So powerful is the light of unity that it can illuminate the whole earth … I chose to title this column Light of Unity, because unity is the central tenet of the Baha’i daith. That core idea includes:

The oneness of God.

The essential oneness of religion.

The unity of humankind.

This idea — that all humanity is one, interconnected community — is more obvious today than at any other time in history. Until recent decades, few people were able to see that everyone on this planet is connected to everyone else. Vast distances separated continents and travel and communication were difficult. And when people from different continents and cultures did mingle, the plain fact of looking, dressing and acting differently erected insurmountable barriers. These differences were all anyone could see.

As humans, we have a distressing tendency to view the world through a zero-sum lens, an us-versus-them mentality. You’re either on our team or you’re an opponent.

Photos from space confirm that state and national borders are not God-given demarcations. Rather they are lines on maps we ourselves have drawn. Sometimes those lines are a matter of administrative expedience. More often, unfortunately, they act as a means to separate one group of people from another.

As a planetary community, we have chosen to perpetuate that division. We fear that tearing down barriers between people and countries means we all have to be the same.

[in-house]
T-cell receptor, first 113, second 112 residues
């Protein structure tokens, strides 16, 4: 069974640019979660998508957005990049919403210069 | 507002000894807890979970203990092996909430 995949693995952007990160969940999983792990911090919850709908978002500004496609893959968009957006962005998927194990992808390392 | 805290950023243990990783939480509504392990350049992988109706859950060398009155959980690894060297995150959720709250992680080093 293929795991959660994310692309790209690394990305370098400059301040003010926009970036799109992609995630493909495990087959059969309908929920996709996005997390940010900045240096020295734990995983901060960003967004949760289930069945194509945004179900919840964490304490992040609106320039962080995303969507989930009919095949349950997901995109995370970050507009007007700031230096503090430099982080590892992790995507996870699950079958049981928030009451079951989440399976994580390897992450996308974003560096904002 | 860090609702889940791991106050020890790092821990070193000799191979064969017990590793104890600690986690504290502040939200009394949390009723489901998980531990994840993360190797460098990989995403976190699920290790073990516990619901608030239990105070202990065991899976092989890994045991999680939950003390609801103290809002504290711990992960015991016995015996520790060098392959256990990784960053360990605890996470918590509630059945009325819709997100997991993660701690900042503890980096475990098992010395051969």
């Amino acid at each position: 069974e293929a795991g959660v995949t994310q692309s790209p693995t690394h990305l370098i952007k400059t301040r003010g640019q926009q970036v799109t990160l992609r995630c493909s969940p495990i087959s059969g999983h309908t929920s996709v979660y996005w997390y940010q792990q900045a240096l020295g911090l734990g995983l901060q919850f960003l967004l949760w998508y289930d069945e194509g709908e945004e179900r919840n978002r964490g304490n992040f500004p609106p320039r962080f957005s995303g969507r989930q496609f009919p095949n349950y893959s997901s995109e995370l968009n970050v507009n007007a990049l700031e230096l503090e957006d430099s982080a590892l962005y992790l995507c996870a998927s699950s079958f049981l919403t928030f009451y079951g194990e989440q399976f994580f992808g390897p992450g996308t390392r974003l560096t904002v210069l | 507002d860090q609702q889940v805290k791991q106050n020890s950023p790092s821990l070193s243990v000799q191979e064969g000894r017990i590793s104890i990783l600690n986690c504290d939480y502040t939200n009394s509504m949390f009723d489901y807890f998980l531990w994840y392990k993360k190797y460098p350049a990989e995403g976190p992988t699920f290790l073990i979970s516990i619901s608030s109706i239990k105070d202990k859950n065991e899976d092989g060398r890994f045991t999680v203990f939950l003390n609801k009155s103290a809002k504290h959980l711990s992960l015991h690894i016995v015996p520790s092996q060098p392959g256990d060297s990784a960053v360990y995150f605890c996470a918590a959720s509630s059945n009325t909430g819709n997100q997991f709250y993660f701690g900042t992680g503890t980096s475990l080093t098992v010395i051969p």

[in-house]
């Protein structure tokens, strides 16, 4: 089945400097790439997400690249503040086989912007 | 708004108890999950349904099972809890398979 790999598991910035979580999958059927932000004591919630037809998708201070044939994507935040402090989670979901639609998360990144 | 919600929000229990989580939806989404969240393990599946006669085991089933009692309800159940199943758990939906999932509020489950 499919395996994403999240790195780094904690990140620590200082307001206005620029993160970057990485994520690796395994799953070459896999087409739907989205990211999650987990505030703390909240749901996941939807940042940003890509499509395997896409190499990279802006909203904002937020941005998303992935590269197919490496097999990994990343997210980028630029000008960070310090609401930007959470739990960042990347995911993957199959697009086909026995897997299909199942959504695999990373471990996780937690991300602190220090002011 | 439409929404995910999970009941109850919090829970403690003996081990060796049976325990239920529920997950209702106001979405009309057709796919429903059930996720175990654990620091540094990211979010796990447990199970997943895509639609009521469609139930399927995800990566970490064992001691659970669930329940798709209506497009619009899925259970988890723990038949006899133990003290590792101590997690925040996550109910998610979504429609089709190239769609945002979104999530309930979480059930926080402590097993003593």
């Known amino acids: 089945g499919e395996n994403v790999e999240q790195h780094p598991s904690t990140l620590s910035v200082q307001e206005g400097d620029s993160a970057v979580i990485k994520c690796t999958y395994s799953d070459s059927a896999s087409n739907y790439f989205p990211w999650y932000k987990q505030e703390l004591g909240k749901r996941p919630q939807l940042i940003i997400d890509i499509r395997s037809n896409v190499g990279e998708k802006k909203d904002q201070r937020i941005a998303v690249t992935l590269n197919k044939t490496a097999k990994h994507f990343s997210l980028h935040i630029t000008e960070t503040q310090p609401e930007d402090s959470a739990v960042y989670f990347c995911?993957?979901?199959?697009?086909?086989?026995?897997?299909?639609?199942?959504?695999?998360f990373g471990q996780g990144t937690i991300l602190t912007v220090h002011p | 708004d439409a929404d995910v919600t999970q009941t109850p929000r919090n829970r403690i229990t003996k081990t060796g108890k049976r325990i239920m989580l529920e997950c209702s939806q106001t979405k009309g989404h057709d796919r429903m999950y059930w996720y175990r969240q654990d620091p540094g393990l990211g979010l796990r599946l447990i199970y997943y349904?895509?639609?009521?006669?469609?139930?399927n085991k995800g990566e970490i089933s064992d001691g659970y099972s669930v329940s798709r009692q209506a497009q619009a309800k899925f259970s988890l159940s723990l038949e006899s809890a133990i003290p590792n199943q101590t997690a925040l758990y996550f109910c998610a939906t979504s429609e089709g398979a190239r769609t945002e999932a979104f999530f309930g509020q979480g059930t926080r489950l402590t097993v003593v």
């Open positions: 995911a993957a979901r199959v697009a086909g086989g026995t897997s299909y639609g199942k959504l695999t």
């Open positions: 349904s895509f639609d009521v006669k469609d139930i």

But that’s where we’re wrong.

We don’t have to think that way anymore.

We are all batting for the same team.

We can not only accept our differences — we can celebrate them. What’s more, our diversity, those differences, make us a stronger, better team.

When I was 25, I went with my husband and two small children to live in Punta Gorda, a little town in Belize, where I studied ethnicity and nationalism in children for my doctorate in anthropology. I was constantly amazed at the way children could ignore, and even transcend, their elders’ conceptions of identity. They could become friends with all other children, regardless of ethnic group or religion. They knew, because they were growing up in a diverse society, that unity was possible even amidst diversity.

The Belizean government realized it too. Their slogan for their independence day celebrations in 1994 was “from many cultures, one nation.”

The Baha’i faith expands that idea further to say “from many nations, one planet.”

Each of us has a light inside. If we can find a way to all shine together, we can illuminate the whole earth.


Sarah Haug is a member of the Baha’i faith and has called Pendleton home since 2002. You can find her most days walking on the riverwalk with her husband, Dan.

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